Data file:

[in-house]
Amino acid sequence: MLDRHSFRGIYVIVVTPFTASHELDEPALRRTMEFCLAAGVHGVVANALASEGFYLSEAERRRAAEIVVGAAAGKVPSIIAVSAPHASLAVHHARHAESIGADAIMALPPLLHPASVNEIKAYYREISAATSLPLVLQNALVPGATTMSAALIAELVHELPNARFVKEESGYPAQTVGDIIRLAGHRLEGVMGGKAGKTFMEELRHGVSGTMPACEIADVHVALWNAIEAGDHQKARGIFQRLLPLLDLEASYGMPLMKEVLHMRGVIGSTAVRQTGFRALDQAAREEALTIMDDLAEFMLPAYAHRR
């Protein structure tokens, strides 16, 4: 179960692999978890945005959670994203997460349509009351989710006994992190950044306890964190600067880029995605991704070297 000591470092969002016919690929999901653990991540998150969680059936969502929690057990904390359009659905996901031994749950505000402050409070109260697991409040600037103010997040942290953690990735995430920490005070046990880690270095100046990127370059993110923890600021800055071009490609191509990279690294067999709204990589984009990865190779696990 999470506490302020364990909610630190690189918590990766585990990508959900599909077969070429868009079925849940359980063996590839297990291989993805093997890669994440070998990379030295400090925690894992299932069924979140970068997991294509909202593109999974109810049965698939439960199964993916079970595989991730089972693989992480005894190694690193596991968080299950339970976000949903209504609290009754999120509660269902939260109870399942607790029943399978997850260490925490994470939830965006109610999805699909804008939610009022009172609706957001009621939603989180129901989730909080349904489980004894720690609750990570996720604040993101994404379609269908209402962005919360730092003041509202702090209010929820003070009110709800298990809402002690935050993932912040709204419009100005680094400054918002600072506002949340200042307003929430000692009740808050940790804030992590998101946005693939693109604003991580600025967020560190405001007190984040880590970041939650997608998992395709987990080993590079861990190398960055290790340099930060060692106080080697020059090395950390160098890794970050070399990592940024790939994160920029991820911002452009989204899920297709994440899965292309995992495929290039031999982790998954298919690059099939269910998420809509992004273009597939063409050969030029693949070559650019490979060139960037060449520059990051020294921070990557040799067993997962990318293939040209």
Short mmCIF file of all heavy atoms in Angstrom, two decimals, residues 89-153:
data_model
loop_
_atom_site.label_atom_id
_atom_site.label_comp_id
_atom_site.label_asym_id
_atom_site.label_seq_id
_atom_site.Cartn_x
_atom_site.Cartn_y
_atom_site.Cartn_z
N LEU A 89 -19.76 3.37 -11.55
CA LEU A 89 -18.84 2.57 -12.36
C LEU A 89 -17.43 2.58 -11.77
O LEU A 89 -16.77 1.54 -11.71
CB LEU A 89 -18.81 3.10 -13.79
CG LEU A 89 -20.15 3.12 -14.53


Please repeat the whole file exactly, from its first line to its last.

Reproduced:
[in-house]
Amino acid sequence: MLDRHSFRGIYVIVVTPFTASHELDEPALRRTMEFCLAAGVHGVVANALASEGFYLSEAERRRAAEIVVGAAAGKVPSIIAVSAPHASLAVHHARHAESIGADAIMALPPLLHPASVNEIKAYYREISAATSLPLVLQNALVPGATTMSAALIAELVHELPNARFVKEESGYPAQTVGDIIRLAGHRLEGVMGGKAGKTFMEELRHGVSGTMPACEIADVHVALWNAIEAGDHQKARGIFQRLLPLLDLEASYGMPLMKEVLHMRGVIGSTAVRQTGFRALDQAAREEALTIMDDLAEFMLPAYAHRR
């Protein structure tokens, strides 16, 4: 179960692999978890945005959670994203997460349509009351989710006994992190950044306890964190600067880029995605991704070297 000591470092969002016919690929999901653990991540998150969680059936969502929690057990904390359009659905996901031994749950505000402050409070109260697991409040600037103010997040942290953690990735995430920490005070046990880690270095100046990127370059993110923890600021800055071009490609191509990279690294067999709204990589984009990865190779696990 999470506490302020364990909610630190690189918590990766585990990508959900599909077969070429868009079925849940359980063996590839297990291989993805093997890669994440070998990379030295400090925690894992299932069924979140970068997991294509909202593109999974109810049965698939439960199964993916079970595989991730089972693989992480005894190694690193596991968080299950339970976000949903209504609290009754999120509660269902939260109870399942607790029943399978997850260490925490994470939830965006109610999805699909804008939610009022009172609706957001009621939603989180129901989730909080349904489980004894720690609750990570996720604040993101994404379609269908209402962005919360730092003041509202702090209010929820003070009110709800298990809402002690935050993932912040709204419009100005680094400054918002600072506002949340200042307003929430000692009740808050940790804030992590998101946005693939693109604003991580600025967020560190405001007190984040880590970041939650997608998992395709987990080993590079861990190398960055290790340099930060060692106080080697020059090395950390160098890794970050070399990592940024790939994160920029991820911002452009989204899920297709994440899965292309995992495929290039031999982790998954298919690059099939269910998420809509992004273009597939063409050969030029693949070559650019490979060139960037060449520059990051020294921070990557040799067993997962990318293939040209």
Short mmCIF file of all heavy atoms in Angstrom, two decimals, residues 89-153:
data_model
loop_
_atom_site.label_atom_id
_atom_site.label_comp_id
_atom_site.label_asym_id
_atom_site.label_seq_id
_atom_site.Cartn_x
_atom_site.Cartn_y
_atom_site.Cartn_z
N LEU A 89 -19.76 3.37 -11.55
CA LEU A 89 -18.84 2.57 -12.36
C LEU A 89 -17.43 2.58 -11.77
O LEU A 89 -16.77 1.54 -11.71
CB LEU A 89 -18.81 3.10 -13.79
CG LEU A 89 -20.15 3.12 -14.53